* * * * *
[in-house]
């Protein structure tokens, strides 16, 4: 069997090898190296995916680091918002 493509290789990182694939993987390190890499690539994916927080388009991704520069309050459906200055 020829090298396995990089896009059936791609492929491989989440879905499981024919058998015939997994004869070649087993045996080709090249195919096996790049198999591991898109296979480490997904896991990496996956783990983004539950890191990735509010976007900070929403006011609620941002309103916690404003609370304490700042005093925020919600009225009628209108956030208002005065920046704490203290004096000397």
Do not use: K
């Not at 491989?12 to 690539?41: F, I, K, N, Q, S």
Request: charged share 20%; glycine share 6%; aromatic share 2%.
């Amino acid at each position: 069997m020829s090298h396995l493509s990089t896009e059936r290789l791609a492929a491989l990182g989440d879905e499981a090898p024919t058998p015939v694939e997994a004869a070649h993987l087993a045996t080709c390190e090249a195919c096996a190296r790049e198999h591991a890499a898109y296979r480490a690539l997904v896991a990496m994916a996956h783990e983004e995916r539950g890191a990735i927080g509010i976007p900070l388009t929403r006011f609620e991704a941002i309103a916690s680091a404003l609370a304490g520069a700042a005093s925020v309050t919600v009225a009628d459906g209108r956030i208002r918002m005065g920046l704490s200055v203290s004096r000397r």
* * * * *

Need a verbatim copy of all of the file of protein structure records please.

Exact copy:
[in-house]
């Protein structure tokens, strides 16, 4: 069997090898190296995916680091918002 493509290789990182694939993987390190890499690539994916927080388009991704520069309050459906200055 020829090298396995990089896009059936791609492929491989989440879905499981024919058998015939997994004869070649087993045996080709090249195919096996790049198999591991898109296979480490997904896991990496996956783990983004539950890191990735509010976007900070929403006011609620941002309103916690404003609370304490700042005093925020919600009225009628209108956030208002005065920046704490203290004096000397």
Do not use: K
């Not at 491989?12 to 690539?41: F, I, K, N, Q, S």
Request: charged share 20%; glycine share 6%; aromatic share 2%.
């Amino acid at each position: 069997m020829s090298h396995l493509s990089t896009e059936r290789l791609a492929a491989l990182g989440d879905e499981a090898p024919t058998p015939v694939e997994a004869a070649h993987l087993a045996t080709c390190e090249a195919c096996a190296r790049e198999h591991a890499a898109y296979r480490a690539l997904v896991a990496m994916a996956h783990e983004e995916r539950g890191a990735i927080g509010i976007p900070l388009t929403r006011f609620e991704a941002i309103a916690s680091a404003l609370a304490g520069a700042a005093s925020v309050t919600v009225a009628d459906g209108r956030i208002r918002m005065g920046l704490s200055v203290s004096r000397r």